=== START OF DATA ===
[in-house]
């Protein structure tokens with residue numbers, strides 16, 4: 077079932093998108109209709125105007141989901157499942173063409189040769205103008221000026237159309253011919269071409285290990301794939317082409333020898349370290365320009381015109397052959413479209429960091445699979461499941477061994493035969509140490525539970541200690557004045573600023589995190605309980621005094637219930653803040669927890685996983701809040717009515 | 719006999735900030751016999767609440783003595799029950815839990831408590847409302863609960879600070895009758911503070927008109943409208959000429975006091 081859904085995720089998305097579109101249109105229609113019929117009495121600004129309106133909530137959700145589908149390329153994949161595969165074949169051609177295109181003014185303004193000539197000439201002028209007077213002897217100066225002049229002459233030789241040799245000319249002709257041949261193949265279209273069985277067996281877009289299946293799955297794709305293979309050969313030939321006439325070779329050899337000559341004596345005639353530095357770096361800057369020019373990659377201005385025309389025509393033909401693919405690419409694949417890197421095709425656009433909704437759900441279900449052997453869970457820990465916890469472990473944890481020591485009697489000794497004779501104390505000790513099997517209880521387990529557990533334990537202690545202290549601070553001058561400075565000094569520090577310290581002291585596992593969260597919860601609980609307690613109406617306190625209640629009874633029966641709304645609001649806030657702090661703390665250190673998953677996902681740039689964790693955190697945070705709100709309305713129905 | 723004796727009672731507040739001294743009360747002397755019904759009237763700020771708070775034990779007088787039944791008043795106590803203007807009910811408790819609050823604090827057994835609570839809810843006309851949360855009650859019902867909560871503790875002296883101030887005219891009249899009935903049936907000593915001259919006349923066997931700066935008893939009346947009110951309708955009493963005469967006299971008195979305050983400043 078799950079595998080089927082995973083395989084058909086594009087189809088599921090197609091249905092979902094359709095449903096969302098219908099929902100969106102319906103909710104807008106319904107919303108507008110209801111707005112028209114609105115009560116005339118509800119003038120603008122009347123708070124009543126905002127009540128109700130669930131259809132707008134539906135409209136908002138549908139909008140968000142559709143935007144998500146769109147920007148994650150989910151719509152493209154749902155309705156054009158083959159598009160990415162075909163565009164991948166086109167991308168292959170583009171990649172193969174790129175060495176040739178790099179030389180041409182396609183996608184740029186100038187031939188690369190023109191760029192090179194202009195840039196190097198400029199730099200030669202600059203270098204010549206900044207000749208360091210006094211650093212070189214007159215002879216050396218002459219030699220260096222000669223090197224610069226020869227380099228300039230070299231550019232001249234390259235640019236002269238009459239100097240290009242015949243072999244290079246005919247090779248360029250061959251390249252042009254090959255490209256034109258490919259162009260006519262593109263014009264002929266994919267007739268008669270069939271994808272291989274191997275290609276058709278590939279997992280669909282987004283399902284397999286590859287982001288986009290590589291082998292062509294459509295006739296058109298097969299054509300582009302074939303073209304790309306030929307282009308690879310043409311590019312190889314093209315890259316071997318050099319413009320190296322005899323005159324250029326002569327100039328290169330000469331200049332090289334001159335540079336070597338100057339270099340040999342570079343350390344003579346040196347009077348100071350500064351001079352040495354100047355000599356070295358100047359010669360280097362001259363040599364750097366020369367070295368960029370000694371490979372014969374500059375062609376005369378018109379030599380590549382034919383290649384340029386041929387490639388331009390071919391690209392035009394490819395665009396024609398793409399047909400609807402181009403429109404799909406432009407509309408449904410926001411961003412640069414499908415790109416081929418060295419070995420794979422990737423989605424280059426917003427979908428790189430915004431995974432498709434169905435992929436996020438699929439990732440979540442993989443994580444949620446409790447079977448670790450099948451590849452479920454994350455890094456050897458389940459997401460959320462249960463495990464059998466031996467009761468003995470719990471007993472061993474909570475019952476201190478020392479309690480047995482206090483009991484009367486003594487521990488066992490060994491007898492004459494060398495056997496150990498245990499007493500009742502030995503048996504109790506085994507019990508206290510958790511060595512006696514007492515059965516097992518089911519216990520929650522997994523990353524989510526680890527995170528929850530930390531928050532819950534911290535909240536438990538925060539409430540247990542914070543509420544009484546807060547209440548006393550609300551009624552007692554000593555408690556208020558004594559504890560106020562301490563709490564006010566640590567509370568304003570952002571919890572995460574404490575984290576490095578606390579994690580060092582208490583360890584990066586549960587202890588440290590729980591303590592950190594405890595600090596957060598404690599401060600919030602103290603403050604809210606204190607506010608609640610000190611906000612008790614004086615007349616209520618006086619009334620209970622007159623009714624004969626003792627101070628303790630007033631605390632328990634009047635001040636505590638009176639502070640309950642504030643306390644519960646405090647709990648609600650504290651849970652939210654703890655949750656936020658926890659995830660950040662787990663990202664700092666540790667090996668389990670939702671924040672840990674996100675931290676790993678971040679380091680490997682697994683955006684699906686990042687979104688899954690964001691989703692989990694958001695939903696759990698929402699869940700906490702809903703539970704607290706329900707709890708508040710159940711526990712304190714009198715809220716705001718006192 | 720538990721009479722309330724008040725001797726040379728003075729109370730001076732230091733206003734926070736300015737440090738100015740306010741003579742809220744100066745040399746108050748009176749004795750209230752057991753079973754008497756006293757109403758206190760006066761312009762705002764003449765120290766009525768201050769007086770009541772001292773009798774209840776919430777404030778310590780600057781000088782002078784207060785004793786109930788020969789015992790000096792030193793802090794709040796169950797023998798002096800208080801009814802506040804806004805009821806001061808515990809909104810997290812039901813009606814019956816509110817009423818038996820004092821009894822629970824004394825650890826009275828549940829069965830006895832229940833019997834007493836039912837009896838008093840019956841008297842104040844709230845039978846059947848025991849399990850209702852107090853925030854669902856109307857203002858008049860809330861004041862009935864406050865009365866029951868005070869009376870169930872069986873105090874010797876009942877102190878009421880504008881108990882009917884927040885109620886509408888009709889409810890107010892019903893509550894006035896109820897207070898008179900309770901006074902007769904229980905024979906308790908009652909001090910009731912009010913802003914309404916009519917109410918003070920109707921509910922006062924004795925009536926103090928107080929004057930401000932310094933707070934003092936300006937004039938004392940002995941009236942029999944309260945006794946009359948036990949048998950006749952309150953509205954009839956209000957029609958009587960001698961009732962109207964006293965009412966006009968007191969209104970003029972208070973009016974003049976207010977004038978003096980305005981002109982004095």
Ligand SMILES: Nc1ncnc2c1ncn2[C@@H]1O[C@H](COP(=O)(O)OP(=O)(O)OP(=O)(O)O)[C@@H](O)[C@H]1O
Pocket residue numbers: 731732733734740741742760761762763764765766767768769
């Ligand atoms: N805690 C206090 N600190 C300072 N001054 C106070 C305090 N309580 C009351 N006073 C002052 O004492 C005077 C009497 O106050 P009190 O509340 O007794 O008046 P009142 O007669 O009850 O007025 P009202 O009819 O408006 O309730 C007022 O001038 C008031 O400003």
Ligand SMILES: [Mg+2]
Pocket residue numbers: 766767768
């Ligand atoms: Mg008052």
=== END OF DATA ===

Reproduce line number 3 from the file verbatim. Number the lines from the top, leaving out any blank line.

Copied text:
Ligand SMILES: Nc1ncnc2c1ncn2[C@@H]1O[C@H](COP(=O)(O)OP(=O)(O)OP(=O)(O)O)[C@@H](O)[C@H]1O